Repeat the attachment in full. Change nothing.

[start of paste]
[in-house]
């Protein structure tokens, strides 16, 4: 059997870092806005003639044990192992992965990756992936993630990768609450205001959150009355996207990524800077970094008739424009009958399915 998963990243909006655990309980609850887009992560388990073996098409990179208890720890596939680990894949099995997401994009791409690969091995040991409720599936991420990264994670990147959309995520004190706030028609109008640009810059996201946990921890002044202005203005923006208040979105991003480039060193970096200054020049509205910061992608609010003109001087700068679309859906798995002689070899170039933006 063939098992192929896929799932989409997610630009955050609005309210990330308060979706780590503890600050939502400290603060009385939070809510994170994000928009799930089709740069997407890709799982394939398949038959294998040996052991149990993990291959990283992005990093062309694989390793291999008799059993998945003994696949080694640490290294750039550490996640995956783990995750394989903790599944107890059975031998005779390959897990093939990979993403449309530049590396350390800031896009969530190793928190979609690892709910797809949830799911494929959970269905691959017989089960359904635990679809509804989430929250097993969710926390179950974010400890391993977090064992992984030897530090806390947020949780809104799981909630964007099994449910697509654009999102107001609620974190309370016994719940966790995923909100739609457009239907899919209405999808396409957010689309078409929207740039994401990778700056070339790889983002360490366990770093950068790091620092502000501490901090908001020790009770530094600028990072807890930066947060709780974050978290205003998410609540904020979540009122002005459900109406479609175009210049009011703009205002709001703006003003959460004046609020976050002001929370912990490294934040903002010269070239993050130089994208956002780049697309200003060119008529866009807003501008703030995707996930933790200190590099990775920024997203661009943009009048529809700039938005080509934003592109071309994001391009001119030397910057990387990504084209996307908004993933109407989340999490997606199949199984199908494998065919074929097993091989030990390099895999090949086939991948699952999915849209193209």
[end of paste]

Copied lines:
[in-house]
């Protein structure tokens, strides 16, 4: 059997870092806005003639044990192992992965990756992936993630990768609450205001959150009355996207990524800077970094008739424009009958399915 998963990243909006655990309980609850887009992560388990073996098409990179208890720890596939680990894949099995997401994009791409690969091995040991409720599936991420990264994670990147959309995520004190706030028609109008640009810059996201946990921890002044202005203005923006208040979105991003480039060193970096200054020049509205910061992608609010003109001087700068679309859906798995002689070899170039933006 063939098992192929896929799932989409997610630009955050609005309210990330308060979706780590503890600050939502400290603060009385939070809510994170994000928009799930089709740069997407890709799982394939398949038959294998040996052991149990993990291959990283992005990093062309694989390793291999008799059993998945003994696949080694640490290294750039550490996640995956783990995750394989903790599944107890059975031998005779390959897990093939990979993403449309530049590396350390800031896009969530190793928190979609690892709910797809949830799911494929959970269905691959017989089960359904635990679809509804989430929250097993969710926390179950974010400890391993977090064992992984030897530090806390947020949780809104799981909630964007099994449910697509654009999102107001609620974190309370016994719940966790995923909100739609457009239907899919209405999808396409957010689309078409929207740039994401990778700056070339790889983002360490366990770093950068790091620092502000501490901090908001020790009770530094600028990072807890930066947060709780974050978290205003998410609540904020979540009122002005459900109406479609175009210049009011703009205002709001703006003003959460004046609020976050002001929370912990490294934040903002010269070239993050130089994208956002780049697309200003060119008529866009807003501008703030995707996930933790200190590099990775920024997203661009943009009048529809700039938005080509934003592109071309994001391009001119030397910057990387990504084209996307908004993933109407989340999490997606199949199984199908494998065919074929097993091989030990390099895999090949086939991948699952999915849209193209």